OR-AMS Meeting Summary

 

“4th Annual Weather Sampler”

 

  On September 24, 2009, 14 members and guests gathered at the McMenamins-Broadway to share their latest weather projects – a new tool, or idea, or analysis, etc.  This meeting format is unusual in that there is no formal guest speaker – chapter members simply share their topics.  We enjoyed good food and drink, as well.  

 

  President Bobby Corser welcomed everyone and made announcements.  Kyle Dittmer presented on behalf of Martha and Nader Khoury, who couldn’t attend at the last minute.  Columbia Weather Systems has released their latest line of professional weather monitoring equipment -- the Magellan Weather Station.  It is a rugged, all-in-one sensor module with built-in compass for auto-alignment of wind direction -- great for portable and mobile weather monitoring.  One of the more interesting applications for the Magellan Weather Station is a company that incorporates them into their buoys.  To keep up to date with our developing technologies and interesting applications, we invite folks to become a fan on Facebook, follow us on Twitter, or subscribe to our blog (updated twice a month): www.columbiaweather.com.

 

  Phil Welke showed us meteograms from a “west coast city” on Dec. 17, 2008 and wanted us to guess which city.  The pattern was very cold and snowy.  People guessed The Dalles, Portland, Newport, Springfield, Spokane, Sacramento, Hollywood, and Bellingham.  Los Angles was correct.  He also showed a photo of a rotating funnel cloud near North Plains, June 20, 2009.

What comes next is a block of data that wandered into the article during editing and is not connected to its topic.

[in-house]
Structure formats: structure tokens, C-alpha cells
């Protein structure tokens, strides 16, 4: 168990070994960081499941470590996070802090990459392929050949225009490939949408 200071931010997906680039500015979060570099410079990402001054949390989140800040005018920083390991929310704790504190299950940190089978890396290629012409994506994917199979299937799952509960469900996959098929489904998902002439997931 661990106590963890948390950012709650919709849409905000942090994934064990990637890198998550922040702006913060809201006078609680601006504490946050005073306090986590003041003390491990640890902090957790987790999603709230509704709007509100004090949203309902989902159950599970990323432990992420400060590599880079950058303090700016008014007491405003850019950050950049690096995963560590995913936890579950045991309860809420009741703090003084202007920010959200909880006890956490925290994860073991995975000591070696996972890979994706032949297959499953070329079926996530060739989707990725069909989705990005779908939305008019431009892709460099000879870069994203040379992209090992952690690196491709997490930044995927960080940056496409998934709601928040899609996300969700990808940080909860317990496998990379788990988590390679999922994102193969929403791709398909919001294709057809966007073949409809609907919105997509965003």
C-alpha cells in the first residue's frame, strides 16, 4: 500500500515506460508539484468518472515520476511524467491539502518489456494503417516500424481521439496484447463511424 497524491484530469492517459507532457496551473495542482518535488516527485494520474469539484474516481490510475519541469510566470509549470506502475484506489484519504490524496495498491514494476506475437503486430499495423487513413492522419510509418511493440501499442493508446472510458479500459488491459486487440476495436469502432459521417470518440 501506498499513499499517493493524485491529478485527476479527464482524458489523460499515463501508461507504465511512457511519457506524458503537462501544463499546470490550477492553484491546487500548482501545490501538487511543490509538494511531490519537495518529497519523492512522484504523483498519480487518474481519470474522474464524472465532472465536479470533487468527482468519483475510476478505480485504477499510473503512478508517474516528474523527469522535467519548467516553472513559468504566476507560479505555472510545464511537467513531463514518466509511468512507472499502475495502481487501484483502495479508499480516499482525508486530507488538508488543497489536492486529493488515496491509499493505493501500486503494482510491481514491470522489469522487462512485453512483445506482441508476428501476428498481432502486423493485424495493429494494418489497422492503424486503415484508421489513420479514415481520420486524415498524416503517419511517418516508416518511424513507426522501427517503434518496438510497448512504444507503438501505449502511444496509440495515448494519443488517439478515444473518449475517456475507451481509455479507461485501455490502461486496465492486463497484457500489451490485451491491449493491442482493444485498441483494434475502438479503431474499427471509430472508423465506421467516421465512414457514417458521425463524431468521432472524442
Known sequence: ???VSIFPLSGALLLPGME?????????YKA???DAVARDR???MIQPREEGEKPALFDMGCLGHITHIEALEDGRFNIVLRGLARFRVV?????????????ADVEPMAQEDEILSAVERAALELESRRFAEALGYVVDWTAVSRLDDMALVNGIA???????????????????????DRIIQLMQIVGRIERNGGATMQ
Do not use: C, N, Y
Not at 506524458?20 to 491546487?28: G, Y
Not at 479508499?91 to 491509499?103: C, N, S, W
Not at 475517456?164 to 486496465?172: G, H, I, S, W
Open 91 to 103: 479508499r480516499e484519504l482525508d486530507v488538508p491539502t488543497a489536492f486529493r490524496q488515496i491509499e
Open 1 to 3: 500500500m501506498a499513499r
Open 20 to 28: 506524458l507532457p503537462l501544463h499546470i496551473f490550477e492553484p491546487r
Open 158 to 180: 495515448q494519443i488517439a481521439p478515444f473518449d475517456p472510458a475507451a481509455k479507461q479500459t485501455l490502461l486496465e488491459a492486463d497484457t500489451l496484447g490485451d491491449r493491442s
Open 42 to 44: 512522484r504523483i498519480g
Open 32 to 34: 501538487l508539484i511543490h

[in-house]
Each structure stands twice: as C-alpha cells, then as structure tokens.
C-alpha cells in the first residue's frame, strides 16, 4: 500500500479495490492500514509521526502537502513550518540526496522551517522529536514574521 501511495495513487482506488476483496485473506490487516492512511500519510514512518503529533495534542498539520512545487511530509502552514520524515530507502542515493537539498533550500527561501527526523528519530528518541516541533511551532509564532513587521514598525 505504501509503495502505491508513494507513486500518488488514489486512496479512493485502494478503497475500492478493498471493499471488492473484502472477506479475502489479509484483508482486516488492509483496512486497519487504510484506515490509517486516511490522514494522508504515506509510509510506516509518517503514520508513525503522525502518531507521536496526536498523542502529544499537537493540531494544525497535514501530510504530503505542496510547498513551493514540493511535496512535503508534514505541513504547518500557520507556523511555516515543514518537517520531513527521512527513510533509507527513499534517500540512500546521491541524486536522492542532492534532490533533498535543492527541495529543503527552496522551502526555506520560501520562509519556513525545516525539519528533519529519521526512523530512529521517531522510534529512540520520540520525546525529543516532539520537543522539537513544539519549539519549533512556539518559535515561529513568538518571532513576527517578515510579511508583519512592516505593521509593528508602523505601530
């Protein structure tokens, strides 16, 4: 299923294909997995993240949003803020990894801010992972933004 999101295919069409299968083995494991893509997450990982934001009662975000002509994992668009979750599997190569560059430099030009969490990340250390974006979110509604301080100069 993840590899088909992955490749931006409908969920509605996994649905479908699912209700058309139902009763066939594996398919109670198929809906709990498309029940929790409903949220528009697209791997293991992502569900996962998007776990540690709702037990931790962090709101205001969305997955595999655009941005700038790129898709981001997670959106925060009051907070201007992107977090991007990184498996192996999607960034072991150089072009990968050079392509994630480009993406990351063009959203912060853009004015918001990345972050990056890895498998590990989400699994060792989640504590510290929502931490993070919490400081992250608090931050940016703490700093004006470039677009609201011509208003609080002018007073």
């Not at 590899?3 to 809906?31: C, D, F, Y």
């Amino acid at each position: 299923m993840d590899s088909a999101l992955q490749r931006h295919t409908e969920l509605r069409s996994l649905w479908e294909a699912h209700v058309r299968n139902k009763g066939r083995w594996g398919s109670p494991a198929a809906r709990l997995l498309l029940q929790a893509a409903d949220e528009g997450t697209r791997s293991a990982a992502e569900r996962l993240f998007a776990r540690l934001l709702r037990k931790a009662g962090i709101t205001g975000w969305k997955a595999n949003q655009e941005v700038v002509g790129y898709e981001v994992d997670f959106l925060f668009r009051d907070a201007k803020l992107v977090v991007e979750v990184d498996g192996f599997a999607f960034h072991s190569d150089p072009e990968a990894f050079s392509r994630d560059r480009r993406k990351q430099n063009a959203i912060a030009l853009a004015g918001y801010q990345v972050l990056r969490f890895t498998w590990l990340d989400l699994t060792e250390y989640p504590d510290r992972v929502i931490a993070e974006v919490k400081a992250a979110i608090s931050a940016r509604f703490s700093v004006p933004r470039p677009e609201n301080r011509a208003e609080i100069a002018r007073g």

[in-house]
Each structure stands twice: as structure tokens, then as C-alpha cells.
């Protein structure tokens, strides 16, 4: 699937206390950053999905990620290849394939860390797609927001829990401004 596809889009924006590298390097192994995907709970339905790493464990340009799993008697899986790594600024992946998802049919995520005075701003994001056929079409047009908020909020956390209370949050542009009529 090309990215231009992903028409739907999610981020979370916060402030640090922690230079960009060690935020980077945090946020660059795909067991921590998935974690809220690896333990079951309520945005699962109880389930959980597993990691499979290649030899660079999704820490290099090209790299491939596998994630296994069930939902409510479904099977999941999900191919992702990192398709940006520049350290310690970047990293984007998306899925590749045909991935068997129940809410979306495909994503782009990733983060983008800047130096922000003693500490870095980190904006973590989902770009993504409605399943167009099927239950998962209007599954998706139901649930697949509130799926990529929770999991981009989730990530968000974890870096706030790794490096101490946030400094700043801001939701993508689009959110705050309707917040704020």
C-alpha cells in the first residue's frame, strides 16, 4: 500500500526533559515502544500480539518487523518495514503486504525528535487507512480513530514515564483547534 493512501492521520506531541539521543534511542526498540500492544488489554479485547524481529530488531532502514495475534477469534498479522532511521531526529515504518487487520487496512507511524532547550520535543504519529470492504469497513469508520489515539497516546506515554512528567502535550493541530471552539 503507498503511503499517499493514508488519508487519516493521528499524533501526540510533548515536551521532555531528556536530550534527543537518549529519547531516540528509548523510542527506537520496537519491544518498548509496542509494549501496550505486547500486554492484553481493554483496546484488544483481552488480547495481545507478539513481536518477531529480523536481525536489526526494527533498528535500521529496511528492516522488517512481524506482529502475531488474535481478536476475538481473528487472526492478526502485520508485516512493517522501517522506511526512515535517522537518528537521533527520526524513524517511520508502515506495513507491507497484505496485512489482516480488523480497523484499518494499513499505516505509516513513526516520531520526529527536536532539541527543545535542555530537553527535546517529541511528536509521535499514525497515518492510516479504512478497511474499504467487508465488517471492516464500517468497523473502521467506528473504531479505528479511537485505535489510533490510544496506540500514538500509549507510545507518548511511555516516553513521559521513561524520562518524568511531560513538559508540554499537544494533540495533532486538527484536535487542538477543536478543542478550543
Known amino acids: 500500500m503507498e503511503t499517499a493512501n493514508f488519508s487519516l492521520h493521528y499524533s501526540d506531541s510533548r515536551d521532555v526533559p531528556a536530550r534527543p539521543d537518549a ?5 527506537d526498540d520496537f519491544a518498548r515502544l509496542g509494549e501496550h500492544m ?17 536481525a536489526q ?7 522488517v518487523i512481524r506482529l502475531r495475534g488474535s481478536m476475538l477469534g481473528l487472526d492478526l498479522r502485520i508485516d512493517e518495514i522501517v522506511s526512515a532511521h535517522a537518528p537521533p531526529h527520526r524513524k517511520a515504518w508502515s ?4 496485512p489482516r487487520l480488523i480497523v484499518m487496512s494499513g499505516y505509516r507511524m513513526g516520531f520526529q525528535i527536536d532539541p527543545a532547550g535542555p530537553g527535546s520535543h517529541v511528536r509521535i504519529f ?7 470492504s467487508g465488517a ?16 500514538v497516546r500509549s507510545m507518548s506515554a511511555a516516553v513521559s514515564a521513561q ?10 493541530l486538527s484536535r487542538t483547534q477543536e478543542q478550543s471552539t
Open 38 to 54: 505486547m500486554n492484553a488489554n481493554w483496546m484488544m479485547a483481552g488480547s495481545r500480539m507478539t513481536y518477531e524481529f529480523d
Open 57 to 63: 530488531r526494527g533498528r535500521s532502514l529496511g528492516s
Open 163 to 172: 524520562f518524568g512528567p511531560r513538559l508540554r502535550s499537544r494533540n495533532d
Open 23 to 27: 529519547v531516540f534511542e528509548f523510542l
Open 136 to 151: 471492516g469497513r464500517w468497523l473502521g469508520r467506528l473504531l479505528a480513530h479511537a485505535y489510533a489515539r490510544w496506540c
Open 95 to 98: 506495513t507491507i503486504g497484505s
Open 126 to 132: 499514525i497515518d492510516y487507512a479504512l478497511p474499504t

Jim Little talked about the IGES meteogram and how you can customize your own meteogram with computer scripts (and Jim can share how with interested folks).  NOMADS is used by the NWS.  GRADS will interface with NOMADS to make maps.

 

  Pat Timm mentioned that on Labor Day, a cold front sweep the region and snow lines dropped to 6000 feet.  A big thunderstorm on the beach, Ocean Shores (near Hoquim, WA) dumped 0.75 inch rain in 10 minutes.  Groundbreaking for a new NEXRAD in Grays Harbor will start in 2010 and completed by 2011-2012.  This radar will help in detection in the blind spot of the west side of the Olympic Mountains that the Seattle and Portland radars can’t see.

 

  Steve Pierce asked, “Which year had the most number of >90 degF days in Portland?”  That would be 2009!  He also said that the Farmers Almanac (if you believe such things) predicts a “doomsday” December 2009.  Stay tuned.

 

  Kyle Dittmer shared his new invention: a portable stream channel.  Using a variety of rocks, including volcanic cinders, he epoxy-glued many gravels to the bottom of a 2-meter long plastic rain gutter.  This modified gutter can be used to demonstrate streamflow over a rough and natural stream channel and compare with a smooth (i.e., manmade) channel.  The tool demonstrates river flow, erosion, and rainfall-runoff relationships.  This tool will be used in his Portland Community College and Marylhurst University earth science classes.

 

  Paul Sommer-Weisel, a German exchange student, talked about weather patterns in Germany.  The weather is quite varied and depends where you are in the country – the south sees more sunny days than the cooler cloudy north.  Rain is more common in the valleys.  In central Germany, annual rainfall totals of 1300 mm (51 inches) are found.  Weather is becoming more extreme in recent years.  In 2003, there was a 300-year flood in Dresden (eastern Germany), then a major heat-wave in the summer of 2004.  Snowfall totals have been in decline.

 

Note-taker: Kyle Dittmer, 2009-2010 Oregon-AMS Secretary (and Past-President)